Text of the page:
The appeals in the two cases had been argued in April, 2009. While the decisions were under consideration, the Court decided that it would take the opportunity to revisit its earlier ruling in Muscutt v. Courcelles and four companion cases. The cases dating back to 2002, which had come to be known as the Muscutt quintet, set out an eight part test for deciding whether Ontario Courts should assume jurisdiction in cases involving accidents occurring outside the Province. As a result of academic criticism that the multi-factored test had created too much uncertainty and discretion, the Court of Appeal decided that a second look at the issue was required. The Court convened a five judge panel and the parties were invited to reargue the appeals, with particular attention to the continued viability of the Muscutt framework. I became involved in the matter at that point, as counsel for the intervenor the Ontario Trial Lawyers Association.
The resulting decisions were authored by Mr. Justice Robert Sharpe, who had also written the decisions in the Muscutt quintet. Justice Sharpe agreed that, after seven years in the litigation trenches and hundreds of similar cases, the Muscutt quintet was due for a “tune up.” He disagreed, however, with the overarching criticism that the decisions created too much uncertainty, stating “In my view, the submissions of the appellants exaggerate both the degree of uncertainty produced by Muscutt and the degree of certainty and predictability that would be achieved by adopting CJPTA.” (the Court Jurisdiction and Proceedings Transfer Act enacted in four Provinces) Justice Sharpe went on to propose “clarifications and modifications” to the Muscutt test which are designed to simplify the analysis, stating:
“The core of the real and substantial connection test is the connection that the plaintiff’s claim has to the forum and the connection of the defendant to the forum, respectively. The remaining considerations or principles serve as analytic tools to assist the court in assessing the significance of the connections between the forum, the claim and the defendant.”
Regarding the criticism that considerations of fairness had created a test that was too discretionary, Justice Sharpe again clarified that:
“consideration of fairness should not be seen as a separate inquiry unrelated to the core of the test, the connection between the forum, the plaintiff’s claim and the defendant. Consideration of fairness should rather serve as an analytic tool to assess the relevance, quality and strength of those connections, whether they amount to a real and substantial connection, and whether assuming jurisdiction accords with the principles of order and fairness.”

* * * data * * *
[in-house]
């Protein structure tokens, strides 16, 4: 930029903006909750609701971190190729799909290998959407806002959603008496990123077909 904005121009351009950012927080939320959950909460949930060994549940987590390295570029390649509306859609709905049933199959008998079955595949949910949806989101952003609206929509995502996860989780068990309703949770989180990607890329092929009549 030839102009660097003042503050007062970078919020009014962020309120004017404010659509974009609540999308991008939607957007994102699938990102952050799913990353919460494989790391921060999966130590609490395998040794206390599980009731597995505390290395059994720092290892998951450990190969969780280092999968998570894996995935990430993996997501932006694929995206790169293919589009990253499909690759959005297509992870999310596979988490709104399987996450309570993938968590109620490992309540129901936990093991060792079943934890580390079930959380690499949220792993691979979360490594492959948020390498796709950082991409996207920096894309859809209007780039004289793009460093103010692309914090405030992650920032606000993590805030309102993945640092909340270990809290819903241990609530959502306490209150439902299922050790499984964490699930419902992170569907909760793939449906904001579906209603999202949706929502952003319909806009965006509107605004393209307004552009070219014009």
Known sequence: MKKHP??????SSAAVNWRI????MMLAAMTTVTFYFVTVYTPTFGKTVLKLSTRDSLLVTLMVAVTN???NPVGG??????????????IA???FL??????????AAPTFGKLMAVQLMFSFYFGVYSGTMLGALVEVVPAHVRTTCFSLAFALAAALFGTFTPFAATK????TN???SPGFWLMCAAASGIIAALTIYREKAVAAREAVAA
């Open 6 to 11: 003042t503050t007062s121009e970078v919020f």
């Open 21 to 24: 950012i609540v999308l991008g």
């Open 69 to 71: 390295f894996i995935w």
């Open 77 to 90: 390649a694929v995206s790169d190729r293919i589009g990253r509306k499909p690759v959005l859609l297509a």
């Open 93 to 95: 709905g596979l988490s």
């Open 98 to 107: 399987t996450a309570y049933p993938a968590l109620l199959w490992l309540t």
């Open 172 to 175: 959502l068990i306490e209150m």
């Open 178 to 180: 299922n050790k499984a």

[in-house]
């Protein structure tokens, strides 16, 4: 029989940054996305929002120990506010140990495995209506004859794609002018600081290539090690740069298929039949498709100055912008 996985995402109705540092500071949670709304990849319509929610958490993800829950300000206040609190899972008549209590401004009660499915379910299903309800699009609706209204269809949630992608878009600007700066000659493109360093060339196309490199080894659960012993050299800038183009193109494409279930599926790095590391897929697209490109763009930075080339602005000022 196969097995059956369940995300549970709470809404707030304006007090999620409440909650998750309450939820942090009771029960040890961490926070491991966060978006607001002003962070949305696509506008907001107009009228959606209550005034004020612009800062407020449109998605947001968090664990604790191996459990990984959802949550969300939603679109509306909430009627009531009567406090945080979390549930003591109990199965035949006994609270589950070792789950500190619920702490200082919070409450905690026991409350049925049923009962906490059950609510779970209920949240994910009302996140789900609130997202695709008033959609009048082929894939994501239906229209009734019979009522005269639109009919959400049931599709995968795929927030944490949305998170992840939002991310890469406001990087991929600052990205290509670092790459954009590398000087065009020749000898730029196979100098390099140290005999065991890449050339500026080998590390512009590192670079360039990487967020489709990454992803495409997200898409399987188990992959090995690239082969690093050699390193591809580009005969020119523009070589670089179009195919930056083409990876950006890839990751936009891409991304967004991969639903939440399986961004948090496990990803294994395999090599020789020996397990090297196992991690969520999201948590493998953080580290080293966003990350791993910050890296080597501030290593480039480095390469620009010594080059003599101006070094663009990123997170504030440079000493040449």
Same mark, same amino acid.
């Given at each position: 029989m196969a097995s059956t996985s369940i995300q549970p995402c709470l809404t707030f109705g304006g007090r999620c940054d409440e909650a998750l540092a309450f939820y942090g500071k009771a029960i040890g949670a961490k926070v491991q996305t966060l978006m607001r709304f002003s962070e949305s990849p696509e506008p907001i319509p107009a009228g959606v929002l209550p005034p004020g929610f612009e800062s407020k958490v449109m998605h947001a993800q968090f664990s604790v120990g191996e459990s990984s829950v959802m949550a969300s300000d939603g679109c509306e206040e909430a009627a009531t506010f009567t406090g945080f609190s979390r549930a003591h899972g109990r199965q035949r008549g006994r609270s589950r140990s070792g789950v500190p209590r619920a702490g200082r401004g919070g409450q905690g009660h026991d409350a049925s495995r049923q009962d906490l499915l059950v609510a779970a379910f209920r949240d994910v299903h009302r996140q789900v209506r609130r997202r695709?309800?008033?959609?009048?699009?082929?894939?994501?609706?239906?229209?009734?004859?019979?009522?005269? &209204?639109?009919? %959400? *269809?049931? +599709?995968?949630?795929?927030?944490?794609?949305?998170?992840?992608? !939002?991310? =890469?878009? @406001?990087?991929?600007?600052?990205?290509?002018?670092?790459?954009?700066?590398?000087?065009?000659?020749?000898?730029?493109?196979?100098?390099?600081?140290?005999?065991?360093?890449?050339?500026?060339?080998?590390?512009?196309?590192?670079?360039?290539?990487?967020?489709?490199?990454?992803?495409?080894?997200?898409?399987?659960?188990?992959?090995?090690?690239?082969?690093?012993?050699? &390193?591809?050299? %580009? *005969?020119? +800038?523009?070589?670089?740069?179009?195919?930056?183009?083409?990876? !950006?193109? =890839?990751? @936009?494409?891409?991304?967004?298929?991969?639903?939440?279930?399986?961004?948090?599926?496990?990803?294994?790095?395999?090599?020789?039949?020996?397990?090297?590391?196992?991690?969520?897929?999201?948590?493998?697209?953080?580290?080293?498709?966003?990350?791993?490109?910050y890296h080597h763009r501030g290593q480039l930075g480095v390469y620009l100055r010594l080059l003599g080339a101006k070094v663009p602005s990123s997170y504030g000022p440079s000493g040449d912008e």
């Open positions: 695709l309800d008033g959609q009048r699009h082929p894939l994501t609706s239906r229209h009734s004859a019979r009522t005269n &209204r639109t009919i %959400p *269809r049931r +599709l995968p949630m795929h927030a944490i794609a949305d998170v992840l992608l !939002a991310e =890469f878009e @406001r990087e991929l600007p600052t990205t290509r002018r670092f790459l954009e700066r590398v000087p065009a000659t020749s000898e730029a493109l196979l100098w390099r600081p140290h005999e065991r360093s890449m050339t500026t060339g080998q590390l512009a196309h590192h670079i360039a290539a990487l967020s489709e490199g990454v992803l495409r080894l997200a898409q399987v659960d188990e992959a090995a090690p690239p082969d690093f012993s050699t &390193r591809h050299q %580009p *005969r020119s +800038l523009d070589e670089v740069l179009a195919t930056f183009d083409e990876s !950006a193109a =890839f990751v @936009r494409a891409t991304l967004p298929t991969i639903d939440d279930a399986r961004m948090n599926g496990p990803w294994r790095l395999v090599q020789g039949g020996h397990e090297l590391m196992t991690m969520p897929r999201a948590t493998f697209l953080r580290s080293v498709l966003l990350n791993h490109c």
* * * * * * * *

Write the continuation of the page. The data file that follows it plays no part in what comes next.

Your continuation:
The intent of these important decisions is to try and simplify this complex and difficult area of the law. It will be interesting to see how the decisions are applied in practice.
On December 22, 2009, the Supreme Court of Canada revolutionized the law of defamation by recognizing a new defence of responsible communication on matters of public interest. Henceforth, Defendants to a libel action will no longer have to prove the truth of the offending statements in order to avoid liability. Rather, the Court held that the constitutional guarantees of freedom of the press and freedom of expression enshrined in section 2(b) of the Charter of Rights and Freedoms mandate that breathing space be given to those who publish on matters of public importance. In other words, Defendants have the right to be wrong so long as their journalism is practiced responsibly.
The decision, Grant v. Torstar Corporation, 2009 SCC 61, arose out of a June 2001 article in the Toronto Star involving Peter Grant, a businessman and friend of then Ontario Premier Mike Harris. Grant was proposing to build a nine hole golf course on his lakefront estate and required approval of the Ministry of Natural Resources. Local cottagers were concerned about the development and believed that Grant’s political ties would lead to a perfunctory approval process. The headline told the story: “Cottagers teed off over golf course – Long-time Harris backer awaits Tory nod on plan.” One cottager was quoted as saying: “Everyone thinks it’s a done deal because of Grant’s influence, but most of all his Mike Harris ties.” The resulting lawsuit by Grant led to a jury verdict in his favour of $1,475,000, including a million dollar punitive damage award.
In allowing the appeal and ordering a new trial, the Court decided that the traditional defences to a libel action paid insufficient regard to the need to protect freedom of the press:
“Freedom does not negate responsibility. It is vital that the media act responsibly in reporting facts on matters of public concern, holding themselves to the highest journalistic standards. But to insist on court-established certainty in reporting on matters of public interest may have the effect of preventing communication of facts which a reasonable person would accept as reliable and which are relevant and important to public debate. The existing common law rules mean, in effect, that the publisher must be certain before publication that it can prove the statement to be true in a court of law, should a suit be filed. Verification of the facts and reliability of the sources may lead a publisher to a reasonable certainty of their truth, but that is different from knowing that one will be able to prove their truth in a court of law, perhaps years later. This, in turn, may have a chilling effect on what is published. Information that is reliable and in the public’s interest to know may never see the light of day.”
This reasoning is undoubtedly right, but in coming to its decision the Court slid over an earlier ruling on the same subject. In Hill v. Church of Scientology of Toronto, decided in 1995, the Court had stated that “defamatory statements are very tenuously related to the core values which underlie s. 2(b).” In balancing the right to freedom of expression against the protection of reputation, the Court in Hill came out firmly on the side of protecting reputation. The Court has now recalibrated the analysis in a way that more clearly takes account of constitutional rights.